Despite holding a 4-1 lead at the midway point of the game, the Toronto Marlies were frankly fortunate to grab a point in a come-from-behind Cleveland shootout victory on Wednesday night.
“I don’t think we deserved to be up 2-0 and I don’t think we deserved to be up 4-1,” said Sheldon Keefe. “That was as bad of a game as we’ve played in quite a while here, so it’s quite disappointing. We looked like a really tired, sluggish team today. It is our eighth day on the road, so maybe that’s a factor… We show signs of being a good team and then you take a pretty large step backward today, so we’re going to have to regroup here.”
The Marlies were opportunistic in the first period, scoring on their first and second shots of the game to open up a 2-0 lead inside seven minutes.
Carl Grundstrom opened the scoring after stripping Kevin Stenlund at the Cleveland blue line and rifling the puck past Jean-Francois Berube before the second goal came as a result of the hard work of Colin Greening.
The veteran forward carried the puck through all three zones — despite having a couple of defenders draped over him at various points in time — and continued to hold off two Cleveland players behind the Monsters’ net while Toronto made a change until Pierre Engvall took over and set up Jeremy Bracco in front for a tap-in.
There were only seven shots in total recorded until the final five minutes of the period, when the game began to open up a little, with both teams creating opportunities. Sam Gagner was the set-up man for Stefan LeBlanc and Mason Marchment on consecutive shifts, but Berube shut down both Marlie looks.
Cleveland then got on the board thanks to a piece of play that would have disappointed Sheldon Keefe. Doyle Somerby outbattled Sam Jardine and Gabriel Gagne to win possession at the Toronto blue line before driving the net and scoring with a deceptive backhand through traffic.
The Marlies finished the period on the game’s first power play, but despite some good looks, they were unable to add to their 2-1 lead through 20 minutes.
The middle frame was notable for some odd goals and the Marlies allowing Cleveland back into the game.
After Berube denied both Sam Gagner and Pierre Engvall on separate occasions, the Marlies finally scored via a Cleveland defenseman. Adam Brooks looked to set-up Mason Marchment for a tap in but Somerby intervened and scored into his own net.
Some causal play from the Marlies resulted in a penalty, but an excellent first kill while down a man set them up to net a fourth goal back at 5v5. A dump in by Engvall took a strange bounce off of the end boards, rebounding out into the heart of the slot, where Rich Clune reacted quickest to finish low past Berube.
In control at the midway point of the game, the game turned on its head after Toronto gave up a pair of goals in just over a minute. Sam Vigneault flung the puck back toward the slot and it hit Paul Bittner by the side of the net before somehow sneaking through the equipment of Hutchinson.
That was quickly followed by an even more bizarre goal as a shot from Ryan Collins resulted in the puck flying up into the air and finding the twine via the elbow of Mark Letestu to bring Cleveland within one.
The Monsters could easily have tied the game before the period’s end, but they didn’t capitalize on a 2-on-0 shorthanded rush.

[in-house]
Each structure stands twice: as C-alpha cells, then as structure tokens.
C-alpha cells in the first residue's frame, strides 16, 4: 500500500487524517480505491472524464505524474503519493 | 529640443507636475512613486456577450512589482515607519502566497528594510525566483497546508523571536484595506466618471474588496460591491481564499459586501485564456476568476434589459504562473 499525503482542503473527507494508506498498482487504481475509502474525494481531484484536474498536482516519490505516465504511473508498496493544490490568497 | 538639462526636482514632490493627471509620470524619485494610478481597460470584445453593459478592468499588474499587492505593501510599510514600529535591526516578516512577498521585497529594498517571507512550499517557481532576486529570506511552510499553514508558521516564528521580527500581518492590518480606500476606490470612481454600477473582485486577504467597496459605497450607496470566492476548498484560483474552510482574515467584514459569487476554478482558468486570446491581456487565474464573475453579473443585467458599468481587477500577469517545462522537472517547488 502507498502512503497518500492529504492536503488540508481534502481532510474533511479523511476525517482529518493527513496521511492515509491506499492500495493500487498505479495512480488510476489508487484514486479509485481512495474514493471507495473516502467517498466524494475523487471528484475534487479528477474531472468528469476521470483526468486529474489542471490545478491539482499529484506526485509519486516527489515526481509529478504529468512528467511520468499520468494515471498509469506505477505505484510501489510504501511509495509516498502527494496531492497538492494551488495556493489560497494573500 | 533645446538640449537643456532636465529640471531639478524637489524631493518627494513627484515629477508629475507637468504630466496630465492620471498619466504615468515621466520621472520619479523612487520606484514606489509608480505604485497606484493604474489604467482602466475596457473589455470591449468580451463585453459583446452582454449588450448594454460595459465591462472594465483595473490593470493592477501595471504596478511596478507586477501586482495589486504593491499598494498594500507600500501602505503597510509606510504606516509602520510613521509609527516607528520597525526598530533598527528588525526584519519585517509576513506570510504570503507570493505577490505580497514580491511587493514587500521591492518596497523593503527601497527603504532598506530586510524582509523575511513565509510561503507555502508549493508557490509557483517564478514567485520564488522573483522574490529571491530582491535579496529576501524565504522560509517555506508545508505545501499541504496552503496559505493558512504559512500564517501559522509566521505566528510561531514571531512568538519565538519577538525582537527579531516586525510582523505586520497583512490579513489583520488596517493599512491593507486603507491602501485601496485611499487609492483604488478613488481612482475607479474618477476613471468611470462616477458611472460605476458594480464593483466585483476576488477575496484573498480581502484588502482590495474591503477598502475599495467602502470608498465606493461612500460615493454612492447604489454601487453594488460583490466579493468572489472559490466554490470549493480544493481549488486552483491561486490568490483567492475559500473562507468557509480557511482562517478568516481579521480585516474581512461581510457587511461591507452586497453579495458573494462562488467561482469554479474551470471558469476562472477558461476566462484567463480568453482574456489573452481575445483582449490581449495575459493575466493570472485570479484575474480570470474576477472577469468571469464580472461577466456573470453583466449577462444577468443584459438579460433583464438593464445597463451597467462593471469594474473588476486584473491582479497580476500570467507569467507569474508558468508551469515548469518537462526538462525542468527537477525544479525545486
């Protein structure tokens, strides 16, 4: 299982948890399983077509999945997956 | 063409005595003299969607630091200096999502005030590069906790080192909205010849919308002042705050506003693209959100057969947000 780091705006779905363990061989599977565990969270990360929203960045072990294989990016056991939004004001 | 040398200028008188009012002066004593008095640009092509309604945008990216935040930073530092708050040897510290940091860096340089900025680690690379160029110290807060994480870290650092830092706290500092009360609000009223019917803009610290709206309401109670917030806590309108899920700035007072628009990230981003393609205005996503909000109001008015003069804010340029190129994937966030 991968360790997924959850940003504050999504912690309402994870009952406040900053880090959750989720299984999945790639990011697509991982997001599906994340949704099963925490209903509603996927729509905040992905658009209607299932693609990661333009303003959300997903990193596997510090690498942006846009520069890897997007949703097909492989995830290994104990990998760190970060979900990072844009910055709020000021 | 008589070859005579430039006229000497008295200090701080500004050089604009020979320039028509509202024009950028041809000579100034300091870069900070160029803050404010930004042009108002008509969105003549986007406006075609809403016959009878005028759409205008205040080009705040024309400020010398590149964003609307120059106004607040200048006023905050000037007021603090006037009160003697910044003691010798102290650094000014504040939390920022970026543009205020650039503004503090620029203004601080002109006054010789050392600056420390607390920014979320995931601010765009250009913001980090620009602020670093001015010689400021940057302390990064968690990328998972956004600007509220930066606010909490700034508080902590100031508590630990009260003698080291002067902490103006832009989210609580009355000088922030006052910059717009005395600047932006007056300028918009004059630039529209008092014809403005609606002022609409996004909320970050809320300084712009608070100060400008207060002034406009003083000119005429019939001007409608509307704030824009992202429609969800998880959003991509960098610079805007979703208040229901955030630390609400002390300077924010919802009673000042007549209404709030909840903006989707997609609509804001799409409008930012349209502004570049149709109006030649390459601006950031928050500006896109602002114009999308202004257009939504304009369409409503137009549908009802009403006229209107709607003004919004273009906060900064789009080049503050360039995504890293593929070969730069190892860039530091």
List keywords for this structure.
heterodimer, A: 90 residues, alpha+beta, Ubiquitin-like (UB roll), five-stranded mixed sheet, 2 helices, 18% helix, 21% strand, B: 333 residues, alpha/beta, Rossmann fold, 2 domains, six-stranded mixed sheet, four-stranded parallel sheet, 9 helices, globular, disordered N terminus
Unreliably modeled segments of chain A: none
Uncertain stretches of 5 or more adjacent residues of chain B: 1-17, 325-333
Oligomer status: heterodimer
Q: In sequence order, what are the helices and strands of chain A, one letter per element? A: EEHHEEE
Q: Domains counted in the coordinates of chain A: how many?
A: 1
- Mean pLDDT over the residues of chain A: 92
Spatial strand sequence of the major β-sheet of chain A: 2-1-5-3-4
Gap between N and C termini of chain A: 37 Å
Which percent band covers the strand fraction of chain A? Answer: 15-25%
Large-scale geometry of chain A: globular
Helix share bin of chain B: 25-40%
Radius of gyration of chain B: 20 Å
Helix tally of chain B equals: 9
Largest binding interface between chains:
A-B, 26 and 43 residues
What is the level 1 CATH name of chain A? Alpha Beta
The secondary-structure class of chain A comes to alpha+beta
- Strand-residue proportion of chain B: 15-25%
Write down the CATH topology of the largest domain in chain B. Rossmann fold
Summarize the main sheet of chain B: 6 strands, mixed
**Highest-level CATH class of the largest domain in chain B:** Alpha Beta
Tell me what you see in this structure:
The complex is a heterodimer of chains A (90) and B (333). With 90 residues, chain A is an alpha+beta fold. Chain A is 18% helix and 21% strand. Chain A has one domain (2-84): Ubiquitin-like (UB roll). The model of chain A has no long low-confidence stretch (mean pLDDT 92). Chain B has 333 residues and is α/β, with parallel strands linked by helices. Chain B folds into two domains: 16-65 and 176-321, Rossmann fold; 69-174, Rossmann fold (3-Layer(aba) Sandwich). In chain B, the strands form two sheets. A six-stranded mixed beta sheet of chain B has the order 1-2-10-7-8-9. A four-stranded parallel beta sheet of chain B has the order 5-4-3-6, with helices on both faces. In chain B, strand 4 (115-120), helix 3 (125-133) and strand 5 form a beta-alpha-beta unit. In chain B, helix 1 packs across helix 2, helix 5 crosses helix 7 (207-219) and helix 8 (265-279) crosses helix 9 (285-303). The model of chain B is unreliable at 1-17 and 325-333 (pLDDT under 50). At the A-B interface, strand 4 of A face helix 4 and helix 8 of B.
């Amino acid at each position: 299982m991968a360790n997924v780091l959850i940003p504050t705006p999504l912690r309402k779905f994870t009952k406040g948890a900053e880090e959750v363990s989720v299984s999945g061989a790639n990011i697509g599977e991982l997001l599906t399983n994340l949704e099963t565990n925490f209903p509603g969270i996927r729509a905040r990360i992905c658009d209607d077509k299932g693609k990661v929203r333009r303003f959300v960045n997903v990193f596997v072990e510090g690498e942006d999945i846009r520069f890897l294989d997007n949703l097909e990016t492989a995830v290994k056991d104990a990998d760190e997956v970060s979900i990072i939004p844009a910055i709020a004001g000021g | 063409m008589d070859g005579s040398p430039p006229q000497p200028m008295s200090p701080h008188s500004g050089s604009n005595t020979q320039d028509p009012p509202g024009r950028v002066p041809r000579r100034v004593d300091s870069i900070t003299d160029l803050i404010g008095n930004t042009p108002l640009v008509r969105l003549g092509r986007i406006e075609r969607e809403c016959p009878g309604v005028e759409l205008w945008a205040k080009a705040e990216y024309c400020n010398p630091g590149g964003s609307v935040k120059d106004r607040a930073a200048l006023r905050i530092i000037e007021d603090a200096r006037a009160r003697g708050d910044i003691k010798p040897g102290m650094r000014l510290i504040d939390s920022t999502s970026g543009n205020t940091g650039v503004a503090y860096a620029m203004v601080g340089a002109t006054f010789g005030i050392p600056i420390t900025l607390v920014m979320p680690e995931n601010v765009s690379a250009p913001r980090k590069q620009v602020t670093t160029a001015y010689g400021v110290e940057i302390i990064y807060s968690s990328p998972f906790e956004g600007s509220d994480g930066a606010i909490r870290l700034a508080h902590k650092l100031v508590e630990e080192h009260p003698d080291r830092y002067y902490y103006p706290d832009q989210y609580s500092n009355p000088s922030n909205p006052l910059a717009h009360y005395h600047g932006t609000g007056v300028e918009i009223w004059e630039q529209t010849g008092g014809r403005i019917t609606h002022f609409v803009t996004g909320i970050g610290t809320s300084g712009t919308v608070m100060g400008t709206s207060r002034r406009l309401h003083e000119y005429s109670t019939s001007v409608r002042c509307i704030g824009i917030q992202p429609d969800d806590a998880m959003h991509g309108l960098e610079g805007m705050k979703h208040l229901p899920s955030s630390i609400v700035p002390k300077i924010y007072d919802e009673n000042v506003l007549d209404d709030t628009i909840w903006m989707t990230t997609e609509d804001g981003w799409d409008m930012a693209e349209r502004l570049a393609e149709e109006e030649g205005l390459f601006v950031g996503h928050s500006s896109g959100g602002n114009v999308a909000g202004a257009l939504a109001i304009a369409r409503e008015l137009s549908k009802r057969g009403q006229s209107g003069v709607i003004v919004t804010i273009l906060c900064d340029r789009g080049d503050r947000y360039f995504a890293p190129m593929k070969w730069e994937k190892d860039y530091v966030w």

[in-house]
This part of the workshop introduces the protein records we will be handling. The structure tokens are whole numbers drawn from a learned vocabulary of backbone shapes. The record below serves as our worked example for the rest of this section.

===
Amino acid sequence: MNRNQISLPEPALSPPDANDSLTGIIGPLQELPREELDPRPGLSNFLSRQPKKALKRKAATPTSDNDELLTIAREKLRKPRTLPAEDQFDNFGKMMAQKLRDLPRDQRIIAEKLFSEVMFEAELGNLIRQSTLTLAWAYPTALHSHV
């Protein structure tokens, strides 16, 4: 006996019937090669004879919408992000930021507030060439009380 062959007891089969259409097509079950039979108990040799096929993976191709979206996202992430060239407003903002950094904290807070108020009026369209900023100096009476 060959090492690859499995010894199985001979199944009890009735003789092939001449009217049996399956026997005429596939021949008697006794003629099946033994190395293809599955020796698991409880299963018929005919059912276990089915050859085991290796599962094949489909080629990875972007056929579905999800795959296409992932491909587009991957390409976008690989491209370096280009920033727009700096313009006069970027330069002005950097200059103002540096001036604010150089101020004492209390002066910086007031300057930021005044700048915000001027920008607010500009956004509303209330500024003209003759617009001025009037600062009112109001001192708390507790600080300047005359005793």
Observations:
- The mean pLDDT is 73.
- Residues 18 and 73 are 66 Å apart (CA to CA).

Toronto killed back-to-back penalties to begin the final frame but never really found any momentum after that before Cleveland inevitably leveled the score at the seven-minute mark. Kole Sherwood was left all alone in the slot, where his top-shelf finish gave Michael Hutchinson no chance.
The Marlies were simply being out-worked at this point by the Monsters, who completed the comeback with eight minutes remaining. A Marlies turnover in the neutral zone resulted in a clear sight of goal for Eric Robinson, who made no mistake with a bullet of a shot into the top corner.
Toronto looked dead and buried until a power play opportunity gave them some life with 2:50 left on the clock. Sam Gagner let fly from the right circle with a howitzer of a shot to tie at the game at five apiece.
Regulation time solved nothing and neither did overtime as Hutchinson came up with a notable double save and Marchment failed to capitalize on Toronto’s best chance of 3-on-3 action.
Cleveland scored on their first two shootout attempts, and after Sam Gagner netted for Toronto, both Timashov and Marchment couldn’t extend the skills competition, giving the extra point to Cleveland and leaving the Marlies ruing a lost point.
Post Game Notes
– Toronto’s record against Cleveland this season is now 2-1-3. Remarkably, this was the fifth time these two teams have decided the game in overtime.
“Hard to find anyone who came to play today, from forwards to goaltending to defense,” said Keefe. “We just weren’t good enough here. We were playing against a good team that has played us hard all year and came back on us all year. We didn’t deserve to have the lead and we were very fortunate to get a point out of this one.”
– Jeremy Bracco (1-1-2), Colin Greening (0-2-2) and Pierre Engvall (0-2-2) each had multi-point games.
– Calle Rosen extended his point streak to three games (1-3-4) with his 25th assist of the season in his 39th game (5-25-30).
– Sam Gagner’s tying goal was his tenth of the season and 32nd point in 35 games.
– Michael Hutchinson posted 29 saves, but this was his weakest performance in a Marlies jersey to date. He’d like at least one of those second-period goals back.
– Wednesday’s lines: